By Michael A. MacDowell
The anticipation of Cubans about their new relationship with the United States is palpable. But when we visited there in October, a month before Fidel Castro died, we found most Cubans' excitement was tempered with a sense of realism. They understand that their country is not ready for an onslaught of Americanos.
Cuban infrastructure is clearly an issue. The crumbling facades of the beautiful colonial style buildings in downtown Havana and elsewhere are very slowly being restored by government employees, but the Cuban bureaucracy is overwhelming. One sophisticated architect, with whom we spent an hour, explained that he started in the "Bureau of Architecture and Reclamation" 10 years ago when there were 200-plus employees. Today there are 10,000 "working" in the bureau, all of whom are government employees. One can imagine that management problems abound.
Havana's port, which in theory would allow large cruise ships to dock, thereby not placing inordinate burdens upon small and inadequate hotel space in Havana, can barely handle the 650 people on a relatively small liner that currently docks there bi-weekly. The thought of a 4,000-passenger ship cruising into Havana was overwhelming to our guide.
The Cuban people we met were friendly, open and well-educated. There were few panhandlers on the streets. Education and health care are "free." They, like almost everything else, are paid for by the revenues from Cuban businesses, 90 percent of which are outright owned by the government. The remainder pay heavy taxes.
Despite this, Cubans remain entrepreneurial. Many have opened restaurants, paladores, often in their homes. The food there is usually good, as are the treats from some privately owned bakeries.
Cubans are also resourceful and innovative. They manage to keep 1950s-era American automobiles running. The driver we had said his car had more than 2 million kilometers on the odometer. The engine had been replaced many times by Russian tractor engines.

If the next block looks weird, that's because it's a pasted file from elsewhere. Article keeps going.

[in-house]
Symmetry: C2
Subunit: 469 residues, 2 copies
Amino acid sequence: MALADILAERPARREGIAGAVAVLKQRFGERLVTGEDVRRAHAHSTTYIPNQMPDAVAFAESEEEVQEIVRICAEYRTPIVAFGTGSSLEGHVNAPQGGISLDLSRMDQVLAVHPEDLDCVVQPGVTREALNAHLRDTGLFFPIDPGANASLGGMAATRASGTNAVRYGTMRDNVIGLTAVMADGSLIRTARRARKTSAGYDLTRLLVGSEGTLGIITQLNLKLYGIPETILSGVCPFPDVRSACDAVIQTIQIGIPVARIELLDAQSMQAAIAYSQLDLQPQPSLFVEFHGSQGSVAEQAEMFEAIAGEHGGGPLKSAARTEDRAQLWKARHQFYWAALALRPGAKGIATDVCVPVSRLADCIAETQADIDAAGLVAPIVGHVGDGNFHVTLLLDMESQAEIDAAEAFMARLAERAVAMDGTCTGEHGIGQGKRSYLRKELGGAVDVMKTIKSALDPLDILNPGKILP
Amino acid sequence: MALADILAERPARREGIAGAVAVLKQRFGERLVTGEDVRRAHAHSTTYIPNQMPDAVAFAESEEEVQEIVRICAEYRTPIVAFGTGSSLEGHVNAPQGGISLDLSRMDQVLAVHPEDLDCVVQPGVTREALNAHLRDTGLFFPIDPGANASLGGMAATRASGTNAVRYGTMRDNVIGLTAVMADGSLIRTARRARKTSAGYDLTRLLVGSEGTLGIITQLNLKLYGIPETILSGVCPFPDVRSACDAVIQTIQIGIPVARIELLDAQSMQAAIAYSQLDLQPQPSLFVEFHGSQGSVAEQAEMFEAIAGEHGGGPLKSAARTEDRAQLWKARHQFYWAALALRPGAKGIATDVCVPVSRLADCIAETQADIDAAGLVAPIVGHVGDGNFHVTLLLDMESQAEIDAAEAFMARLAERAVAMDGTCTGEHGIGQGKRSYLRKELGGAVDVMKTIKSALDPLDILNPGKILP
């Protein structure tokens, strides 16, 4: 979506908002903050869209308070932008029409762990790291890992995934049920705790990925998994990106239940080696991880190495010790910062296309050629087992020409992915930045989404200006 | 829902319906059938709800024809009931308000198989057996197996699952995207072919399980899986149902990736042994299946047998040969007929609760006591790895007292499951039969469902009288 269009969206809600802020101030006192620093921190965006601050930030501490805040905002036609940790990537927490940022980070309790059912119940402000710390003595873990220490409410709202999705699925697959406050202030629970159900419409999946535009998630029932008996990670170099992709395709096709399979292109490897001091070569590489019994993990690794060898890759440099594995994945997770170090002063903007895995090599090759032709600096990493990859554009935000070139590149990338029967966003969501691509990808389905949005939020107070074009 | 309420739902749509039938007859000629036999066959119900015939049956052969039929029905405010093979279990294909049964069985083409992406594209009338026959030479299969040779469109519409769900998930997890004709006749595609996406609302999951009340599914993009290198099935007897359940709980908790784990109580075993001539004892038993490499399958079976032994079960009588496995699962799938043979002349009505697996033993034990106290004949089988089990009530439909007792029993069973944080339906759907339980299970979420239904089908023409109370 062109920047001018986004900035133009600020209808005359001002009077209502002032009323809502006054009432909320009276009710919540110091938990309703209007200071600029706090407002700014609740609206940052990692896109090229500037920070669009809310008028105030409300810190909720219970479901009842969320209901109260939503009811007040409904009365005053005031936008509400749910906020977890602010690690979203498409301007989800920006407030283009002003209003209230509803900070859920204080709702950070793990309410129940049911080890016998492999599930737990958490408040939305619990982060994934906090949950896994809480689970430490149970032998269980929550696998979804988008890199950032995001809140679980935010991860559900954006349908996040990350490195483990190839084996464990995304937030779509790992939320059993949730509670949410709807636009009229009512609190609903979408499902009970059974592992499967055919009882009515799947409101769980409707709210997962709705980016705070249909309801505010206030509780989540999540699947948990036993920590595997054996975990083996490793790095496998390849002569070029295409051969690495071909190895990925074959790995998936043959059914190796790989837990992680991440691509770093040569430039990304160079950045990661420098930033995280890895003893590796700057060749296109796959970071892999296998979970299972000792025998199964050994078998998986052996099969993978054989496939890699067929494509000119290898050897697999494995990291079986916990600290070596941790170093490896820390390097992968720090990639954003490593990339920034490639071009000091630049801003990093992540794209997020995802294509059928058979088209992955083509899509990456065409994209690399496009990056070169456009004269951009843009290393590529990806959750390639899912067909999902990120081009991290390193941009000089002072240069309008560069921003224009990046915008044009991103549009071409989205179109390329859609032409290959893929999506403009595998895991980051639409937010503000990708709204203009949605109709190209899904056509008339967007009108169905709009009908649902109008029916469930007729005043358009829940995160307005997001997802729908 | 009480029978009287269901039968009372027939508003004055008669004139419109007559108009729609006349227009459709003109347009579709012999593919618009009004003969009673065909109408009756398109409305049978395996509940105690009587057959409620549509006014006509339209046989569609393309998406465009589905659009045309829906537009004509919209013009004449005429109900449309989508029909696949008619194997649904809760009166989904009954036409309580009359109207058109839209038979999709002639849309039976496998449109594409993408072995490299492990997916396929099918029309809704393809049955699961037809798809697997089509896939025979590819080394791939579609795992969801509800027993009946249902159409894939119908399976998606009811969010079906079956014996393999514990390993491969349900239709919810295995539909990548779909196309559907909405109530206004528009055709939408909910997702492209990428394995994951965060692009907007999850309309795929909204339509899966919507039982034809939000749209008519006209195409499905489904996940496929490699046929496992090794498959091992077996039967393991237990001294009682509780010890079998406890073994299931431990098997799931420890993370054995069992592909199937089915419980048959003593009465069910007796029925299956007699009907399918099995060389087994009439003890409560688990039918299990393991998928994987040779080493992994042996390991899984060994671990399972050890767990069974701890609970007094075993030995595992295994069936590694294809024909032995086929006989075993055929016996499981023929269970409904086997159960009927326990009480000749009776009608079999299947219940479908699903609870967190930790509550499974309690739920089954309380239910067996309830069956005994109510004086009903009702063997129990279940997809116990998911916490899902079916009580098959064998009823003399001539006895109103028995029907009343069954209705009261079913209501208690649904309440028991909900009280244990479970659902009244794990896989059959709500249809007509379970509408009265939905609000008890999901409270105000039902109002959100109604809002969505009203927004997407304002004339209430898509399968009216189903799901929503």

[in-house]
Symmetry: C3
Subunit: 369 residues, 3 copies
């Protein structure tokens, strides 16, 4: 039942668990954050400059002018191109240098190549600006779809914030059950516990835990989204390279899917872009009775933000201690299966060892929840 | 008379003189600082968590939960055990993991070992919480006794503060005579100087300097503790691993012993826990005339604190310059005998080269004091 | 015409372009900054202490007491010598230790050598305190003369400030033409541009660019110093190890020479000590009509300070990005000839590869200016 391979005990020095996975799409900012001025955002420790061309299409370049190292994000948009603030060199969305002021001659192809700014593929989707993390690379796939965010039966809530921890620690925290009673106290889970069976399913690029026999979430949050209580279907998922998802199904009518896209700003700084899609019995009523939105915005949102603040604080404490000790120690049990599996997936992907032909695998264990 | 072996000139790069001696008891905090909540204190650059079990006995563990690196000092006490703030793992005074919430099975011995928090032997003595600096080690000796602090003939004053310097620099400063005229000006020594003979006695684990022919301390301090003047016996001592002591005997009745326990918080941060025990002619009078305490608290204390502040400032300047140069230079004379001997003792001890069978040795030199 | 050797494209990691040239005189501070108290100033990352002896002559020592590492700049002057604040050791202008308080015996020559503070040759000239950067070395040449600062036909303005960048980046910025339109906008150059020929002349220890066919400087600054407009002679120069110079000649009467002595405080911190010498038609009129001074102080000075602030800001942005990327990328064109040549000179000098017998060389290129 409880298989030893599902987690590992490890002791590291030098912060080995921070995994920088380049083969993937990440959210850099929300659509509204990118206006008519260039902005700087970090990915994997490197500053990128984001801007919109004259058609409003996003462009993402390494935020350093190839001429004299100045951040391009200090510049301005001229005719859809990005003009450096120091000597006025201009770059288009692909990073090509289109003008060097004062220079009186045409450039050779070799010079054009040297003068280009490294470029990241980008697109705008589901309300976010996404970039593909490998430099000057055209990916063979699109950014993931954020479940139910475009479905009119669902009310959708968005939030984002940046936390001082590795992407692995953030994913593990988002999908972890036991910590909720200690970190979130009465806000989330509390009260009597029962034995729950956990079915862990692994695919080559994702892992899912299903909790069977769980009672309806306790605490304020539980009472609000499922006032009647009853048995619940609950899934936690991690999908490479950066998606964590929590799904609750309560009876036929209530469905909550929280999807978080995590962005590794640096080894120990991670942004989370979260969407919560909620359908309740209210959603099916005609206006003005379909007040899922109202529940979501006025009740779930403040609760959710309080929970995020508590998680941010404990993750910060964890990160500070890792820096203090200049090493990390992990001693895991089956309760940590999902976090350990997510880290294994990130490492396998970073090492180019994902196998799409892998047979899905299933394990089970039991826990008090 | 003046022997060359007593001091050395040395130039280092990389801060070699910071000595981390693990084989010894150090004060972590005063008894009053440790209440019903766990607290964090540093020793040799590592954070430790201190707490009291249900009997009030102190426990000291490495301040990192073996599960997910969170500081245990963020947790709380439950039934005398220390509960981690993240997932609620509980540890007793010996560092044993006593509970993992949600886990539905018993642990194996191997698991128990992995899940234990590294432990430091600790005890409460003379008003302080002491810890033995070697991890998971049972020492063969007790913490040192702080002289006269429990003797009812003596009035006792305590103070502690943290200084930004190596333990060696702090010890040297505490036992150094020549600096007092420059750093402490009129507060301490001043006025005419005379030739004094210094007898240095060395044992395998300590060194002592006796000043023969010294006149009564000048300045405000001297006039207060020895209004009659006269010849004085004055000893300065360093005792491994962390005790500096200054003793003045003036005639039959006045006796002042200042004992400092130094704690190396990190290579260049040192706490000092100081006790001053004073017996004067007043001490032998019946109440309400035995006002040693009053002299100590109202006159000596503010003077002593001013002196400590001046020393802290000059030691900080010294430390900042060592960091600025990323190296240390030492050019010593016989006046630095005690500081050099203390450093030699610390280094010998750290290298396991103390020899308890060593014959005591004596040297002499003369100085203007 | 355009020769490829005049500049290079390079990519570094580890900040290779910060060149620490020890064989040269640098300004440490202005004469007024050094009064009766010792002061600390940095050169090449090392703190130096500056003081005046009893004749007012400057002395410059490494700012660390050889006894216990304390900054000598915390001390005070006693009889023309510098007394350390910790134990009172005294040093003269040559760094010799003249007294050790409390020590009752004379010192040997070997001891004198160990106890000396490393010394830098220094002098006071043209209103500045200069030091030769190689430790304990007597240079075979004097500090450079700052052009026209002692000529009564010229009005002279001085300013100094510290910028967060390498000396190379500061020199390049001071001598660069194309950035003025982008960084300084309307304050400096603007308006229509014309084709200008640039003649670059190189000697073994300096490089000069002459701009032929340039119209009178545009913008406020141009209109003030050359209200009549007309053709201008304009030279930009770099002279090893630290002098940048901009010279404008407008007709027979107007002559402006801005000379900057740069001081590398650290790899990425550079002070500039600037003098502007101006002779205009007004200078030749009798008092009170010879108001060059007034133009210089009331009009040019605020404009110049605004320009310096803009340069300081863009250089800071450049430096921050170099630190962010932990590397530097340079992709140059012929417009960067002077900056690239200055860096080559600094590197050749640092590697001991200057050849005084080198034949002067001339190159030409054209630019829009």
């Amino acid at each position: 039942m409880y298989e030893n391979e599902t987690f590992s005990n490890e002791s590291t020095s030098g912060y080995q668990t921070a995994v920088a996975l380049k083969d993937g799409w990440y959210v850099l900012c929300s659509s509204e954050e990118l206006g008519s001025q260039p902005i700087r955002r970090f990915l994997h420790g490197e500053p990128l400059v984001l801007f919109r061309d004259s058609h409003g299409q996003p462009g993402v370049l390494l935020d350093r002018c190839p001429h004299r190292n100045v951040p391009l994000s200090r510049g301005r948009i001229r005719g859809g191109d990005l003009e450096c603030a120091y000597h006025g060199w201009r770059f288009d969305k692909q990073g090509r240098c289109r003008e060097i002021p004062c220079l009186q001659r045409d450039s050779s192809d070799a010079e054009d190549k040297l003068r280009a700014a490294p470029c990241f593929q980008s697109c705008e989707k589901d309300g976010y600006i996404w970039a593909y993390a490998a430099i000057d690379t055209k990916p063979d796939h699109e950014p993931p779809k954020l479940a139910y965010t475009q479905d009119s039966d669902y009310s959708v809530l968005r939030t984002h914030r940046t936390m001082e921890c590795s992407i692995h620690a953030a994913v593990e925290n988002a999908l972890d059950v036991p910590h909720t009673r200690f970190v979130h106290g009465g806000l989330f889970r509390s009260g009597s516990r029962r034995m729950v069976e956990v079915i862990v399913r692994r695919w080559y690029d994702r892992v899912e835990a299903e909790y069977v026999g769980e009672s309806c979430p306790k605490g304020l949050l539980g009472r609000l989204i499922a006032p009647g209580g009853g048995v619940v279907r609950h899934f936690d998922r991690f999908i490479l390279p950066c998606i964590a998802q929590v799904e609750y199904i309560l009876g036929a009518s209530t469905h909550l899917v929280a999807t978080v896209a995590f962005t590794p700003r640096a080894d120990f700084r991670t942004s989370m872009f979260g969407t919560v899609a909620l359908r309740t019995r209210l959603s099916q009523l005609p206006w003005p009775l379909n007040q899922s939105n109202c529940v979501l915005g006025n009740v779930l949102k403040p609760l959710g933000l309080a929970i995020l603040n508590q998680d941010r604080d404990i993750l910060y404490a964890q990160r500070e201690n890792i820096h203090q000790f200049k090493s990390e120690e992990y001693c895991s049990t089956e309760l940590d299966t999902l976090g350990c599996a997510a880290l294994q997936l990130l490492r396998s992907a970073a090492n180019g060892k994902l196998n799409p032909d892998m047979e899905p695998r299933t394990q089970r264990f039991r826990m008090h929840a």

In a break from the 1940s and 1950s, there seem to be few if any drug problems in Cuba. This is good news. However, there are no drug problems because there's no money. The salary that all Cubans receive from the government is the equivalent of $60 to $80 a month, whether they be a physician or a bus driver.
Cuba has two internal currencies. The Cuban peso is worth about 4 cents. It is used for domestic transactions mainly in "ration stores" where subsidized essentials such as beans, rice, cooking oil and, yes, rum are sold to Cubans. The Cuban Convertible Currency (CUC) used by nonresidents, is worth about $1. Cubans who work in the tourist industry receive gratuities in CUCs. With tips and their government salary, chambermaids often make more than dentists in the topsy-turvy economy.
The Cuban government has few sources of hard currency. In fact Cuba's most profitable export is its trained health-care professionals who are sent to other countries. Most hard currency comes to Cuba via the salaries these health-care workers send back to their families. Exporting your brightest minds in this way does not sound like a good formula for economic growth.
In its own lethargic way, the Cuban government is trying to encourage investment. Some Spanish and French firms have built hotels, but they're doing so cautiously. When Americans have tried to make initial investments in Cuba things have not gone well. With the blessings of the Obama administration, American entrepreneurs Saul Berenthal and Horace Clemmons sought permission from Cuba to construct the first U.S. factory there since 1959. According to the Associated Press, Cuba first lauded the plans for the factory to build small tractors, but after more than a yearlong courtship, the Cuban government dropped the idea without any explanation. Now resourceful Cuban mechanics won't even have U.S. tractor motors to replace the Russian ones in their 1957 Chevrolets.
It seems to the casual observer that an industrious and genuinely pleasant population of 11 million Cubans is mostly being kept at bay by an immense bureaucracy steeped in socialistic thinking. Opening the country to U.S. tourists will help, but without a serious reexamination of the many archaic aspects of Cuba's controlled economy, few improvements will be made. The secret will be how to keep the Cuban industriousness, spirit, love of life, and an endearing culture alive post-Castro while its economy transitions into the 21st century.
Michael A. MacDowell is president emeritus of Misericordia University and managing director of the Calvin K. Kazanjian Economics Foundation. firstname.lastname@example.org